Didn't guarantee they would meet your high standards.

When I was younger, that's how I liked women. Lots of them, with low standards. Hell, let's be honest, I didn't change much as I got older.
 

mariomike

Moderator
Staff member
Directing Staff
Subscriber
Mentor
Reaction score
378
Points
1,130
When I was younger, that's how I liked women. Lots of them, with low standards. Hell, let's be honest, I didn't change much as I got older.
Sometimes, "Quantity has a quality all its own." :)
 

Kirkhill

Army.ca Legend
Subscriber
Donor
Reaction score
712
Points
1,060
Without being too coarse, but on the subject of girls, in a big city there are lots of them. For those interested in that sort of thing, YMMV

I hope your people people from Calcutta have pretty deep pockets.



Your profile tells us you are from Lethbridge, Alberta. Why not tell us what you love about it. Yeah, I know, "It's not Toronto!" But, other than that.


It's true. I live in Lethbridge. I like it although we are thinking of moving further out to a smaller town or an acreage. Short form is I like elbow room and long horizons. Trees bother me.

Prior to Lethbridge I have lived in Vancouver (while working in Seattle), Indianapolis, Calgary, Willowdale, Oshawa, Whitby, Cornwall, Guelph, London, Peterborough (ON), Nottingham, the real London and my home town of Ayr Scotland. I reckon I have a fair sampling of urban environments.

I like Toronto, and other cities, for about three days at a time.
 

Good2Golf

Moderator
Staff member
Directing Staff
Subscriber
Mentor
Reaction score
2,624
Points
1,160
I've always found them to be generally shallow and plasticky with no mental or personality difference between them.

That’s why the beer at the ‘ballet’ is so cheap...
 

daftandbarmy

Army.ca Relic
Reaction score
4,397
Points
1,060
It's true. I live in Lethbridge. I like it although we are thinking of moving further out to a smaller town or an acreage. Short form is I like elbow room and long horizons. Trees bother me.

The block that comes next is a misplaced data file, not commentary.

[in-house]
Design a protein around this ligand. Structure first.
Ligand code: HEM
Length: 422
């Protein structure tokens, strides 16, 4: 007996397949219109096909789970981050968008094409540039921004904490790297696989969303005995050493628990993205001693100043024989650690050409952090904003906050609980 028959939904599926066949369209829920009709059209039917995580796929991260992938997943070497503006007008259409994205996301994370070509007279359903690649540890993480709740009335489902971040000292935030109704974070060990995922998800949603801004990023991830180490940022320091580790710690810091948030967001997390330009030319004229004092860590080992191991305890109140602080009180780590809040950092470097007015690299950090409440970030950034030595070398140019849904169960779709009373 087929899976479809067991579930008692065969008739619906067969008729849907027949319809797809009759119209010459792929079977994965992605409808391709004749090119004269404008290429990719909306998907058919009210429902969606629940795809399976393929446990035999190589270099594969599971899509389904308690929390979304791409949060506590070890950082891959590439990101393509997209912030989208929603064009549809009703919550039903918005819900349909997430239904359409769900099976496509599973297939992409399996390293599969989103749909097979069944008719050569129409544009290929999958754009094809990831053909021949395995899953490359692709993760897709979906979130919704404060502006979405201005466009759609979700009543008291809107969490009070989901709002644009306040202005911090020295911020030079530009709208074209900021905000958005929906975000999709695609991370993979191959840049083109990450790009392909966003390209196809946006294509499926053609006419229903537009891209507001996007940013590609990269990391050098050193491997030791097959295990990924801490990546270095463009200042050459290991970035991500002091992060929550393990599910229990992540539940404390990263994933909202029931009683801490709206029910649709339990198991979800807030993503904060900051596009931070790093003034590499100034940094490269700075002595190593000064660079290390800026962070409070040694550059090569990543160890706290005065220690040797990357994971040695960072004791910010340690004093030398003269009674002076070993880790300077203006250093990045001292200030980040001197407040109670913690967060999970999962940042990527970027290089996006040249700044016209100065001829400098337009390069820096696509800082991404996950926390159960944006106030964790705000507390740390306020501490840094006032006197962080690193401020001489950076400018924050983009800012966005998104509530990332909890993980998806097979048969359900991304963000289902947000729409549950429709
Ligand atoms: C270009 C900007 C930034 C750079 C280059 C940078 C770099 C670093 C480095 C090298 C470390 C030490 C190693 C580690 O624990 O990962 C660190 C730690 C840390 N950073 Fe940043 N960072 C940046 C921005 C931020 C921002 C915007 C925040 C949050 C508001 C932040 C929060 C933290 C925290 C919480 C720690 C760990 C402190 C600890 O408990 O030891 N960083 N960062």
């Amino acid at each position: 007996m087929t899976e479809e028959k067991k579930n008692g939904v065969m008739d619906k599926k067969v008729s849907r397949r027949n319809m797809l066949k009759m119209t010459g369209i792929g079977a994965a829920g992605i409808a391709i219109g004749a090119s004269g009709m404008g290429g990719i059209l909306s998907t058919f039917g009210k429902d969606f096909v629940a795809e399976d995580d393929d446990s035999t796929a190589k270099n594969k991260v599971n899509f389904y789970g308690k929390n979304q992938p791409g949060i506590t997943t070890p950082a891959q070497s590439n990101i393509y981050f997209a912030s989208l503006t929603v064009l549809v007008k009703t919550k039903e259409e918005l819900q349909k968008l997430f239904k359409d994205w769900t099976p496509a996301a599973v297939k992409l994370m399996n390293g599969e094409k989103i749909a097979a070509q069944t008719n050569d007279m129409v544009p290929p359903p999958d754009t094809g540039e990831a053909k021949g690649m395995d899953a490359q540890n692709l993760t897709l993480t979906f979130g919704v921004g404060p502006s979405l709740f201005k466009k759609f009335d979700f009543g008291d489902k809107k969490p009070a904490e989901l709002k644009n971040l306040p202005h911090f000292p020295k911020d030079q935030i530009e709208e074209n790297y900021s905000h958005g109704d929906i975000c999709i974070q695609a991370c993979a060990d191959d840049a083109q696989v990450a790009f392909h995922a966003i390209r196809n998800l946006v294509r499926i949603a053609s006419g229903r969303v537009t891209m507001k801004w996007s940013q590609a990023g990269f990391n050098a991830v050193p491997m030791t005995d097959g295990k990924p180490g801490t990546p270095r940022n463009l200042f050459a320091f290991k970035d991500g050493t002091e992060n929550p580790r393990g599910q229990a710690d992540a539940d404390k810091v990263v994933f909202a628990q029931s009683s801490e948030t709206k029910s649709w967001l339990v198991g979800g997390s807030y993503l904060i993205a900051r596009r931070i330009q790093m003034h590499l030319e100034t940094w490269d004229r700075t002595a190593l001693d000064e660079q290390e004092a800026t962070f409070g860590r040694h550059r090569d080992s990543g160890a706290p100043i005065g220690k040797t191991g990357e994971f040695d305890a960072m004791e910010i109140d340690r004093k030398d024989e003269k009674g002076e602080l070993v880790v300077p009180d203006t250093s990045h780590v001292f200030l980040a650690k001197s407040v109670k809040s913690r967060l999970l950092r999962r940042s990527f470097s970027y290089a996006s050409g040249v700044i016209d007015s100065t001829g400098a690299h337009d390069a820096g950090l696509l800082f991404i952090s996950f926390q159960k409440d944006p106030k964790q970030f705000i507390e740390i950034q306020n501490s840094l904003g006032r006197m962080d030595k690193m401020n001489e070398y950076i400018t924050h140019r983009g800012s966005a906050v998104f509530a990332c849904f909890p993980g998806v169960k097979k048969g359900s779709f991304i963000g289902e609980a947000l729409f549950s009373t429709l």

Prior to Lethbridge I have lived in Vancouver (while working in Seattle), Indianapolis, Calgary, Willowdale, Oshawa, Whitby, Cornwall, Guelph, London, Peterborough (ON), Nottingham, the real London and my home town of Ayr Scotland. I reckon I have a fair sampling of urban environments.

I like Toronto, and other cities, for about three days at a time.

Blairmore and Coleman could use some 'settlers' :)
 

mariomike

Moderator
Staff member
Directing Staff
Subscriber
Mentor
Reaction score
378
Points
1,130
I like elbow room and long horizons.
I bet you would love the Grand Canyon state as much as I do! :)

Give me land, lots of land under starry skies above
Don't fence me in
Let me ride through the wide open country that I love
Don't fence me in
 

Attachments

  • sunset.jpg
    sunset.jpg
    2 MB · Views: 1

Kirkhill

Army.ca Legend
Subscriber
Donor
Reaction score
712
Points
1,060
I bet you would love the Grand Canyon state as much as I do! :)

I do indeed. I've only had the pleasure of a few days in Arizona but thoroughly enjoyed it. Particularly enjoyed Ventana Canyon.
 

mariomike

Moderator
Staff member
Directing Staff
Subscriber
Mentor
Reaction score
378
Points
1,130
I do indeed. I've only had the pleasure of a few days in Arizona but thoroughly enjoyed it. Particularly enjoyed Ventana Canyon.
They say it's acceptable for a grown man to cry at funerals - and the Grand Canyon.
 

Attachments

  • acceptable.jpe
    acceptable.jpe
    19.6 KB · Views: 3

Colin Parkinson

Army.ca Legend
Reaction score
1,752
Points
940
Seen -

One of the points made in the original article that got me spinning off in the Roman tangent was